April 5, 2016 (Week 95)


Me, Elder Arrua, Elder Young and Elder Hulet, with whom I lived, back when I was in Puente Alto.


Today, we did a little bar-b-que and played futbol to say goodbye to some of the friends that we have made during our missions. Unfortunately, it rained for the first time in forever, and much meat was lost. The first one is Elder Turner (can’t believe how much weight he was lost…)

It was a somewhat slow week.  I am surprised by the amount of work that it takes to put together two proselyting areas.  Cleaning up the area book has been a big task, as we had to put them together and, in doing so, found a lot of stuff that needed to be thrown away.  We have been purging the area of all the “investigators” that the missionaries have been visiting since the dawn of man and have never progressed.  “We found them street contacting.  Jehovah Witness, work a lot and are never home, very friendly.  THEY ARE GOLD.” “They went on vacations.  They should be back around June… 2084.”  “They have gone to church… once.  4 years ago.”

Conference was interesting.  I watched it in Spanish.  I didn’t really want to.  Watching conference with the voice over just isn’t the same.  You lose all the -isms of the speakers.  The truth is that I didn’t really have a choice.  A while ago, President Morgan said that if investigators come to conference, the missionaries have to sit with them.  Our stake president took that to mean that all missionaries have to watch it in Spanish.  That is not what he wanted to say, but our president made up his mind.  He did set up a TV with the English conference, but it was just for the newest of new missionaries, which I am not a part of (actually, I am the oldest in the zone, again).  I still enjoyed conference, although I think that this was the conference that I was least prepared for.  It kind of snuck up on me.  It felt really short, and less like a holiday than the last ones.  We worked between sessions like it was a normal day.

There is one funny story that I have for conference.  A few days before conference, our zone leaders were asked by an old lady to cross the street.  Being good boyscouts, they complied, and found that she was a little drunk, and perhaps high.  She complained to them about the way that she had been treated by the world, and they explained how baptism could help her.  She liked what they told her, so they invited her to the conference, not thinking that she would come.  But she did.  Drunk.  In fact, with a beer.  Elder Christofferson was speaking when she started yelling at the screen as thought she was watch sports.  “¿What sins have I done? ¡You are the sinner! ¿And what about the sins that the world has done to me? ¡Sí, amén!”  It was kind of funny, kind of scary, and perhaps a little insulting.  She got pretty loud, and the other people around her started shushing her.  I think that there was fear that she would start speaking in tongues, because a couple of sister missionaries finally stood up and took her out.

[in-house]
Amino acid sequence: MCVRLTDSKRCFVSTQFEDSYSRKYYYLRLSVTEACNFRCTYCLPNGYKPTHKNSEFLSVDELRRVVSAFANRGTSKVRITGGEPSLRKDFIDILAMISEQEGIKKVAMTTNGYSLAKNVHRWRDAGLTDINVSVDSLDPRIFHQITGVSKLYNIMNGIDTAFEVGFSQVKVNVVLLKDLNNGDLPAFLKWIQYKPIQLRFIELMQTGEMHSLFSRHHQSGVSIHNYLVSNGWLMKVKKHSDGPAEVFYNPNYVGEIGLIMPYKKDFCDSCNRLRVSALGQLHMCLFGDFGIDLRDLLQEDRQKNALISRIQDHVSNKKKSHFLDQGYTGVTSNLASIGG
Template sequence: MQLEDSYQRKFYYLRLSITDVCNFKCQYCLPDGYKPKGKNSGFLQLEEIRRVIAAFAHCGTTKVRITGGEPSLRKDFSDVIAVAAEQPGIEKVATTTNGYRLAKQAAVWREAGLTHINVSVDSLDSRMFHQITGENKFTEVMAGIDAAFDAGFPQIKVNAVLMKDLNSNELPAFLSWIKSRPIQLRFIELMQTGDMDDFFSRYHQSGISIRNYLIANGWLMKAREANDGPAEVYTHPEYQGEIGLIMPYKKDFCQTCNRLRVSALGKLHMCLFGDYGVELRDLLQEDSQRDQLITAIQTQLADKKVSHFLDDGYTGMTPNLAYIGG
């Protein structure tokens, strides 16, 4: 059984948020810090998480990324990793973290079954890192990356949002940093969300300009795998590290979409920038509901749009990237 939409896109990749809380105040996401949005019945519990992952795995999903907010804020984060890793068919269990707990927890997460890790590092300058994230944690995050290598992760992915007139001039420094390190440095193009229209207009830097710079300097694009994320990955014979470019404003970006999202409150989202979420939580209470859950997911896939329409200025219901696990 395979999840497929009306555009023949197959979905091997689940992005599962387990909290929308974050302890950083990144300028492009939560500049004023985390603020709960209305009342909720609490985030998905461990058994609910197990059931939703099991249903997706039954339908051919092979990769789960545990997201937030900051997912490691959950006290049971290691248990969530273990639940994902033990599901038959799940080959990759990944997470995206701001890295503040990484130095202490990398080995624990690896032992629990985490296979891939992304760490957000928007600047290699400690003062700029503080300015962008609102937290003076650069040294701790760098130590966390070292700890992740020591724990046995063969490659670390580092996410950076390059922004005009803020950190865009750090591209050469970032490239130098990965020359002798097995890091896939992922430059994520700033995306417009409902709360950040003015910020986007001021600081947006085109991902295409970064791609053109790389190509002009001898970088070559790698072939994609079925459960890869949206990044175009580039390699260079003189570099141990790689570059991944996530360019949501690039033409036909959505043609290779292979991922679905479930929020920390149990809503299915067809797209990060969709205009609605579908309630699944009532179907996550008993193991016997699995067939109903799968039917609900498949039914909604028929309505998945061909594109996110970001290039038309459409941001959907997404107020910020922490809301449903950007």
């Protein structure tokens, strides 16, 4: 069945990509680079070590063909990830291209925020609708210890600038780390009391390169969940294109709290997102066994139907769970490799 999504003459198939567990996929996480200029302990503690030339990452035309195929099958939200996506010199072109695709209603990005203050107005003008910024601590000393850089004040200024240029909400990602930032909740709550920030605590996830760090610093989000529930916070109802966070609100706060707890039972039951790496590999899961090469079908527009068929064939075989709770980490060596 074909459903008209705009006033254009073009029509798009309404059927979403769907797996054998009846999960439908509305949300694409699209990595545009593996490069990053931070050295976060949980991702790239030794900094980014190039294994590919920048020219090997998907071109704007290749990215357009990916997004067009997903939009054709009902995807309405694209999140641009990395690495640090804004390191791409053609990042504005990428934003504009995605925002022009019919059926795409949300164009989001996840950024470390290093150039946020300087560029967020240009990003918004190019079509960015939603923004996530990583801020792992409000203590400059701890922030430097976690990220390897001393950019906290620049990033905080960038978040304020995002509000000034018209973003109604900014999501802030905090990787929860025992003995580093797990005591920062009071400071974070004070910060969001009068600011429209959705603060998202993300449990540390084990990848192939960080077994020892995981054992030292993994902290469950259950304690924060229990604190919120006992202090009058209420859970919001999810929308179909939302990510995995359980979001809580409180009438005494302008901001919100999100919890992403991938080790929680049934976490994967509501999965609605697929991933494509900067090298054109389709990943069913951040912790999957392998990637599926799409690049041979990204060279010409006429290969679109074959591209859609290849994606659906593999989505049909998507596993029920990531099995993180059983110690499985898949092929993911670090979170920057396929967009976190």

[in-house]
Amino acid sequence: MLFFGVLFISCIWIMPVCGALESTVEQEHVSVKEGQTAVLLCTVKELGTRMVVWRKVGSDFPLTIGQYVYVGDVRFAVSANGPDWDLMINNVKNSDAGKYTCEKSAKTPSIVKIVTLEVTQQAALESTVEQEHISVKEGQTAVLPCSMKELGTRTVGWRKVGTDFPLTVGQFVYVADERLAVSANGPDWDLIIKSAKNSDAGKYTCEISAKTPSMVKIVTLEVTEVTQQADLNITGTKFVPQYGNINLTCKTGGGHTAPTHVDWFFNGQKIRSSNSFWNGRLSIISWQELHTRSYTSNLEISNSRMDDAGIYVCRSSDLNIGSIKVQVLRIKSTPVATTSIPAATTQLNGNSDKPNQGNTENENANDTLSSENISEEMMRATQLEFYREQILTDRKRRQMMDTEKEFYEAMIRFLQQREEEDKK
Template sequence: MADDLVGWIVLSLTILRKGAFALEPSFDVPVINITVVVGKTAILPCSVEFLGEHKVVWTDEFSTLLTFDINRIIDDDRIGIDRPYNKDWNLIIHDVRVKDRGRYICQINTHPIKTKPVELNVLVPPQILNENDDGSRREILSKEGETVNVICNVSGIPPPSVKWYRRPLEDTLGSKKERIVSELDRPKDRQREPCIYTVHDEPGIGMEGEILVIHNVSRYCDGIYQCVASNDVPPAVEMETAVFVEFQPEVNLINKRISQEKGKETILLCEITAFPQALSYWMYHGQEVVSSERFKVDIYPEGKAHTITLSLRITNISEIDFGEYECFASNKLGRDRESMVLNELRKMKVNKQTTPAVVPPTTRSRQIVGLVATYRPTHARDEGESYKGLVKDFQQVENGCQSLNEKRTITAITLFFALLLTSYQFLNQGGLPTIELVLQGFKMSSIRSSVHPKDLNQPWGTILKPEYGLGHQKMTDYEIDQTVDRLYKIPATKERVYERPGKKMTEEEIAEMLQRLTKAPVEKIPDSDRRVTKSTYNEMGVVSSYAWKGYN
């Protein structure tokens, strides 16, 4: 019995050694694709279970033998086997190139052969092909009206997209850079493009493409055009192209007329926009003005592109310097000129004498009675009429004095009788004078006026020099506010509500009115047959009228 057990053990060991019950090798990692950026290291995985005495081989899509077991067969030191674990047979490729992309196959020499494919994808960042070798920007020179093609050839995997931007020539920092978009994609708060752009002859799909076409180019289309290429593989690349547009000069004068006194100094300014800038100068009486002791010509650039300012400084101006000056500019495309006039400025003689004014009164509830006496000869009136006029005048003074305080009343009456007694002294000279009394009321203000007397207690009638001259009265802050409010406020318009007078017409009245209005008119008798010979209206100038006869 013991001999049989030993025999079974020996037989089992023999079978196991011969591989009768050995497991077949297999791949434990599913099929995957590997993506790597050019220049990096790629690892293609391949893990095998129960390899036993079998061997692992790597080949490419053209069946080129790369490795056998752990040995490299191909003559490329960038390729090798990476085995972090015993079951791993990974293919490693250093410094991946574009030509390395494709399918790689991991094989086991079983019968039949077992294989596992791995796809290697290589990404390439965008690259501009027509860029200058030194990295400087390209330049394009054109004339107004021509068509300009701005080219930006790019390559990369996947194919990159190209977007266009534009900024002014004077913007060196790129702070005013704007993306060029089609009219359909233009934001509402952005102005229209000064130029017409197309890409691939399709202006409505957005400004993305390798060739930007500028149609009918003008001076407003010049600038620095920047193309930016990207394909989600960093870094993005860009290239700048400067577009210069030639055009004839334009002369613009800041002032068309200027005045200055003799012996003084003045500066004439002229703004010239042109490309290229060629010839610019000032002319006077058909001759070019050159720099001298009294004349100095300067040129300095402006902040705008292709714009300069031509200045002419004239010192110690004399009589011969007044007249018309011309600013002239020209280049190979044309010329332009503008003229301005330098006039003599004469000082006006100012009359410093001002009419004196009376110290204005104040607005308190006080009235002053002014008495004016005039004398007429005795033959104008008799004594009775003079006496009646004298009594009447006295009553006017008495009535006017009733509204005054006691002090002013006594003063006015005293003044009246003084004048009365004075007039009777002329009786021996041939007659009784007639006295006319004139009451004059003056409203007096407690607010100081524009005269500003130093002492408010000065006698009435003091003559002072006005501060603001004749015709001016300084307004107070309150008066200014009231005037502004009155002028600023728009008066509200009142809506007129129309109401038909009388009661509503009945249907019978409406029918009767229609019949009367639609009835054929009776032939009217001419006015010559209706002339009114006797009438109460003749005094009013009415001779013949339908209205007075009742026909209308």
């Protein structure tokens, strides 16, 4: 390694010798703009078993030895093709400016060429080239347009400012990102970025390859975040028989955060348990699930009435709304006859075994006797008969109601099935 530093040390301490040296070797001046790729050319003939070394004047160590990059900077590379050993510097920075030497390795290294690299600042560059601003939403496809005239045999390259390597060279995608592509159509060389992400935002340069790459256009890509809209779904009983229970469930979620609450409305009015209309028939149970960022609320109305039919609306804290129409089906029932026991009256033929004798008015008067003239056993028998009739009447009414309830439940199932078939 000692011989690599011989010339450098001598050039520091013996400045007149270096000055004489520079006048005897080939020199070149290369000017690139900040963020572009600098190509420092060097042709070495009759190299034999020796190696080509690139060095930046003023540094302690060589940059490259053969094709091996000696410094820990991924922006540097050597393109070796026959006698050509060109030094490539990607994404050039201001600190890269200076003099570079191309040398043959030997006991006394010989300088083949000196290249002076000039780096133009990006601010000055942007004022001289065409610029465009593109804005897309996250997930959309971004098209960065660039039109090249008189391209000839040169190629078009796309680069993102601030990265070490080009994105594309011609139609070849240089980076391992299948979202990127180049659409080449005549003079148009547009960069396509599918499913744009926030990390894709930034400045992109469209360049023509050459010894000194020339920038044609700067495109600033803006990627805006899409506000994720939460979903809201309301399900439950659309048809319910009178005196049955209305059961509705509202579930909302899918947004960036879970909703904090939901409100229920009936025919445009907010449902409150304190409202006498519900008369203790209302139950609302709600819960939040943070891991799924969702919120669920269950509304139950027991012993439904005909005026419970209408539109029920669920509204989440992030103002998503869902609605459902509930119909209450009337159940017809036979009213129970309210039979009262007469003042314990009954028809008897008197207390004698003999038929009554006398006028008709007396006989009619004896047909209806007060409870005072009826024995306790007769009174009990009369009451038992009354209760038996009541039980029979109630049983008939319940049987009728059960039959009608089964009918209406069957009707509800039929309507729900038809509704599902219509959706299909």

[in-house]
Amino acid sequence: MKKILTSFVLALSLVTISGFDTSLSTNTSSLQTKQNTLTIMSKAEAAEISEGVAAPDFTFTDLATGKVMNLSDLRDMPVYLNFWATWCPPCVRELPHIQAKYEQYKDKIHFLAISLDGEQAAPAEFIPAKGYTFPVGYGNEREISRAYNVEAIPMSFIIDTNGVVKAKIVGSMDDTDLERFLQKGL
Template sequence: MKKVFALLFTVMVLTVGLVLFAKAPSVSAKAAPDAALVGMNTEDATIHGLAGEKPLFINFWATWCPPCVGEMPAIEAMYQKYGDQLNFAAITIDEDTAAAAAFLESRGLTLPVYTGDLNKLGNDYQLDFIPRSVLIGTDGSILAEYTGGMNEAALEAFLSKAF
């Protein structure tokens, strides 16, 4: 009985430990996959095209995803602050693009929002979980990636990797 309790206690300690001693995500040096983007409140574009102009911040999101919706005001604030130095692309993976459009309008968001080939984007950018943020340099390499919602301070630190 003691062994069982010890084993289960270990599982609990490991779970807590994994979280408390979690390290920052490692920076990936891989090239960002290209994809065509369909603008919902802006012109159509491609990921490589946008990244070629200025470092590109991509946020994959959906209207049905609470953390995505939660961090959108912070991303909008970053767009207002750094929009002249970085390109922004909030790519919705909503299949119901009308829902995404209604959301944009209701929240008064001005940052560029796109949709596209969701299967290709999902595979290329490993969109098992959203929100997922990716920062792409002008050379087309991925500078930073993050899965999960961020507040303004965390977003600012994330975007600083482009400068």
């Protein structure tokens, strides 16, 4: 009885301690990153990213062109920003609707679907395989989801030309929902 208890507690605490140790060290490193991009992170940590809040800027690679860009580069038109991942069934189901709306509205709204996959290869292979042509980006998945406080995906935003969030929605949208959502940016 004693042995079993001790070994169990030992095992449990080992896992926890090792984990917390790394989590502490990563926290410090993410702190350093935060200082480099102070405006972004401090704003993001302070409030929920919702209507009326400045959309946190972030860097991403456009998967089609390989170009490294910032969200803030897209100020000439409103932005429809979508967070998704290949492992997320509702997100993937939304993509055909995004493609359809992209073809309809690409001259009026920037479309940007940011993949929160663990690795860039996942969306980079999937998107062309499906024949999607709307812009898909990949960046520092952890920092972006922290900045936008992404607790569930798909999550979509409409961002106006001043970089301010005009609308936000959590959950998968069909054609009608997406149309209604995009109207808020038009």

We had one investigator come to church, from the other area.  Her name is Rina.  She liked the conference.  Earlier in the week, she accepted a baptismal date for the beginnings of June.  I won’t get to see her be baptized more than likely, but that isn’t too important to me.  As long as she does it.

Yesterday, we went to an investigator named Yessenia, who is an immigrant from San Diego, California.  She speaks Spanish well, but English better.  She has a husband named Ariel, who had a friend over.  This friend is an ex-missionary of the protestant church, and is currently studying to be a criminal lawyer.  Oh, nelly.  He absolutely destroyed us.  We sat there for an hour straight while he tore at the Book of Mormon, the prophet Joseph Smith, and temples.  Neither one of us said anything, knowing the answers to his doubts, but knowing that if we answered him, it would turn into an argument.  We ended up saying, “We don’t know all of the answers to your questions.  There is only one way that you can know if what we are saying is true.  And that is by asking God.  We know that these things are true.”  He wasn’t too convinced.  We left feeling a little defeated, but we had nothing to worry about.  It isn’t about winning or losing: it is about saving a life.  There were no winners there: only lost souls.  We both felt that we had done perfectly the right thing, and that is enough for us.

Love you all.

Elder Mathewson


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